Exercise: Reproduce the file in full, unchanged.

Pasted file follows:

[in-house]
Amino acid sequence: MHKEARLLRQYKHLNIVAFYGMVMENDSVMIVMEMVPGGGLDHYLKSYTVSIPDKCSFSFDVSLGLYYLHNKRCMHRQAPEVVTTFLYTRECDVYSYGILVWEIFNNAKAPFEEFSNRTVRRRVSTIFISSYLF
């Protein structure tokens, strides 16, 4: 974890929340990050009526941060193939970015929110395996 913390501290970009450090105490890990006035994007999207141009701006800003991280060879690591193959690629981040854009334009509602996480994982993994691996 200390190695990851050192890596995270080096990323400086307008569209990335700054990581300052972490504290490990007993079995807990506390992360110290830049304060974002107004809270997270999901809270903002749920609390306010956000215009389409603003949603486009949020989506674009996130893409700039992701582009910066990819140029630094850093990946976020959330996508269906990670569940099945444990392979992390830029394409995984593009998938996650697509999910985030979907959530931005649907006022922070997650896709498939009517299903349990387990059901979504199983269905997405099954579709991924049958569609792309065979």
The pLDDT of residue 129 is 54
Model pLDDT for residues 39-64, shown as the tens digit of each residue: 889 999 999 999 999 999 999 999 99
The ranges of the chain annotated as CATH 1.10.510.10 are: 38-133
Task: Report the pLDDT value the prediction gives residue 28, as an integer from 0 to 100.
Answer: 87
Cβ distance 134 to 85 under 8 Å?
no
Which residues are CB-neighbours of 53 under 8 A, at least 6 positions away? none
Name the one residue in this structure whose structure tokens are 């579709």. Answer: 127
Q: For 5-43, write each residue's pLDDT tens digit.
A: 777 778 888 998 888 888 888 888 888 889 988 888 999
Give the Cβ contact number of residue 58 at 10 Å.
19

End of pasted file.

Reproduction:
[in-house]
Amino acid sequence: MHKEARLLRQYKHLNIVAFYGMVMENDSVMIVMEMVPGGGLDHYLKSYTVSIPDKCSFSFDVSLGLYYLHNKRCMHRQAPEVVTTFLYTRECDVYSYGILVWEIFNNAKAPFEEFSNRTVRRRVSTIFISSYLF
């Protein structure tokens, strides 16, 4: 974890929340990050009526941060193939970015929110395996 913390501290970009450090105490890990006035994007999207141009701006800003991280060879690591193959690629981040854009334009509602996480994982993994691996 200390190695990851050192890596995270080096990323400086307008569209990335700054990581300052972490504290490990007993079995807990506390992360110290830049304060974002107004809270997270999901809270903002749920609390306010956000215009389409603003949603486009949020989506674009996130893409700039992701582009910066990819140029630094850093990946976020959330996508269906990670569940099945444990392979992390830029394409995984593009998938996650697509999910985030979907959530931005649907006022922070997650896709498939009517299903349990387990059901979504199983269905997405099954579709991924049958569609792309065979």
The pLDDT of residue 129 is 54
Model pLDDT for residues 39-64, shown as the tens digit of each residue: 889 999 999 999 999 999 999 999 99
The ranges of the chain annotated as CATH 1.10.510.10 are: 38-133
Task: Report the pLDDT value the prediction gives residue 28, as an integer from 0 to 100.
Answer: 87
Cβ distance 134 to 85 under 8 Å?
no
Which residues are CB-neighbours of 53 under 8 A, at least 6 positions away? none
Name the one residue in this structure whose structure tokens are 């579709």. Answer: 127
Q: For 5-43, write each residue's pLDDT tens digit.
A: 777 778 888 998 888 888 888 888 888 889 988 888 999
Give the Cβ contact number of residue 58 at 10 Å.
19